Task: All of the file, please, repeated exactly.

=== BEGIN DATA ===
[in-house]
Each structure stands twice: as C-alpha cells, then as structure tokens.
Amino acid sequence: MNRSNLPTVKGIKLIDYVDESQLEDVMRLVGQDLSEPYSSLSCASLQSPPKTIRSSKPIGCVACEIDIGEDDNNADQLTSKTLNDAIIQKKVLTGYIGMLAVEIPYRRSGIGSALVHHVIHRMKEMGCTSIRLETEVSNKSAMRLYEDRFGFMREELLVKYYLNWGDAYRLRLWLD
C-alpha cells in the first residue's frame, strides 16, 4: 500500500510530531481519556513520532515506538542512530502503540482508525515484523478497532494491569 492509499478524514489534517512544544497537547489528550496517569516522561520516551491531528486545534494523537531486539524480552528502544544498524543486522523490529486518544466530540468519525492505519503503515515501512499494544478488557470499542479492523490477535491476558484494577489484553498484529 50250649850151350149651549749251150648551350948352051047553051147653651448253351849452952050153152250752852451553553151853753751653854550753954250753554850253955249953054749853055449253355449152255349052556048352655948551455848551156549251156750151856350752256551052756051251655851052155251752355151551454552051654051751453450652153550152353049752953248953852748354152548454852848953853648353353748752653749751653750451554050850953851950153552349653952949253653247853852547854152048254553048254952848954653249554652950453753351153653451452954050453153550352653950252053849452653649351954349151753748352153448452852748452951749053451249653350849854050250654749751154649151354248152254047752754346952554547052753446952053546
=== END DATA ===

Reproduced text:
[in-house]
Each structure stands twice: as C-alpha cells, then as structure tokens.
Amino acid sequence: MNRSNLPTVKGIKLIDYVDESQLEDVMRLVGQDLSEPYSSLSCASLQSPPKTIRSSKPIGCVACEIDIGEDDNNADQLTSKTLNDAIIQKKVLTGYIGMLAVEIPYRRSGIGSALVHHVIHRMKEMGCTSIRLETEVSNKSAMRLYEDRFGFMREELLVKYYLNWGDAYRLRLWLD
C-alpha cells in the first residue's frame, strides 16, 4: 500500500510530531481519556513520532515506538542512530502503540482508525515484523478497532494491569 492509499478524514489534517512544544497537547489528550496517569516522561520516551491531528486545534494523537531486539524480552528502544544498524543486522523490529486518544466530540468519525492505519503503515515501512499494544478488557470499542479492523490477535491476558484494577489484553498484529 50250649850151350149651549749251150648551350948352051047553051147653651448253351849452952050153152250752852451553553151853753751653854550753954250753554850253955249953054749853055449253355449152255349052556048352655948551455848551156549251156750151856350752256551052756051251655851052155251752355151551454552051654051751453450652153550152353049752953248953852748354152548454852848953853648353353748752653749751653750451554050850953851950153552349653952949253653247853852547854152048254553048254952848954653249554652950453753351153653451452954050453153550352653950252053849452653649351954349151753748352153448452852748452951749053451249653350849854050250654749751154649151354248152254047752754346952554547052753446952053546